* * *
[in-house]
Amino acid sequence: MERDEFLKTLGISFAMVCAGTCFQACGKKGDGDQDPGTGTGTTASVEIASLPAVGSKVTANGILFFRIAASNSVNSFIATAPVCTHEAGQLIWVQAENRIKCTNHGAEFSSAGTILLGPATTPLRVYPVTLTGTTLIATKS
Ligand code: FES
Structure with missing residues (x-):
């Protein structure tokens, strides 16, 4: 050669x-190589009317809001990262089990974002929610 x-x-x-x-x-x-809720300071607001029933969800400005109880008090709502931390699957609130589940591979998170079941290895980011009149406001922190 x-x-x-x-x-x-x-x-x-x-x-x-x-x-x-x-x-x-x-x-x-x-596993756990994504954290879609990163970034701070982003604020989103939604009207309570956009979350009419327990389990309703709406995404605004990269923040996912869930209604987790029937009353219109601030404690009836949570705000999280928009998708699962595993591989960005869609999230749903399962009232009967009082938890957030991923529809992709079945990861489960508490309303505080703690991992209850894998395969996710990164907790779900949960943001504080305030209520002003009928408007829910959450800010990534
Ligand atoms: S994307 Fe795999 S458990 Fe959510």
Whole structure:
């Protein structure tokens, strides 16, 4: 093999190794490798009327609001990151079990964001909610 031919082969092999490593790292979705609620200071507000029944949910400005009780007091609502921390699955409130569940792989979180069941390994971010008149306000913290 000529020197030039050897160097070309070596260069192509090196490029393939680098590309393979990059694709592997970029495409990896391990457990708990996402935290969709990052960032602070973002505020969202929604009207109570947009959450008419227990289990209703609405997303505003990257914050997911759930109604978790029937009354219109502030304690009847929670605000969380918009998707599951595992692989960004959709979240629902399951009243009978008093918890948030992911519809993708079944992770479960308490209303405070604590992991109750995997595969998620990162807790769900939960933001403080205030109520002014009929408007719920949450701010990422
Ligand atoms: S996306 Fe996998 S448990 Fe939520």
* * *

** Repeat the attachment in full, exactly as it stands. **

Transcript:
[in-house]
Amino acid sequence: MERDEFLKTLGISFAMVCAGTCFQACGKKGDGDQDPGTGTGTTASVEIASLPAVGSKVTANGILFFRIAASNSVNSFIATAPVCTHEAGQLIWVQAENRIKCTNHGAEFSSAGTILLGPATTPLRVYPVTLTGTTLIATKS
Ligand code: FES
Structure with missing residues (x-):
């Protein structure tokens, strides 16, 4: 050669x-190589009317809001990262089990974002929610 x-x-x-x-x-x-809720300071607001029933969800400005109880008090709502931390699957609130589940591979998170079941290895980011009149406001922190 x-x-x-x-x-x-x-x-x-x-x-x-x-x-x-x-x-x-x-x-x-x-596993756990994504954290879609990163970034701070982003604020989103939604009207309570956009979350009419327990389990309703709406995404605004990269923040996912869930209604987790029937009353219109601030404690009836949570705000999280928009998708699962595993591989960005869609999230749903399962009232009967009082938890957030991923529809992709079945990861489960508490309303505080703690991992209850894998395969996710990164907790779900949960943001504080305030209520002003009928408007829910959450800010990534
Ligand atoms: S994307 Fe795999 S458990 Fe959510």
Whole structure:
């Protein structure tokens, strides 16, 4: 093999190794490798009327609001990151079990964001909610 031919082969092999490593790292979705609620200071507000029944949910400005009780007091609502921390699955409130569940792989979180069941390994971010008149306000913290 000529020197030039050897160097070309070596260069192509090196490029393939680098590309393979990059694709592997970029495409990896391990457990708990996402935290969709990052960032602070973002505020969202929604009207109570947009959450008419227990289990209703609405997303505003990257914050997911759930109604978790029937009354219109502030304690009847929670605000969380918009998707599951595992692989960004959709979240629902399951009243009978008093918890948030992911519809993708079944992770479960308490209303405070604590992991109750995997595969998620990162807790769900939960933001403080205030109520002014009929408007719920949450701010990422
Ligand atoms: S996306 Fe996998 S448990 Fe939520």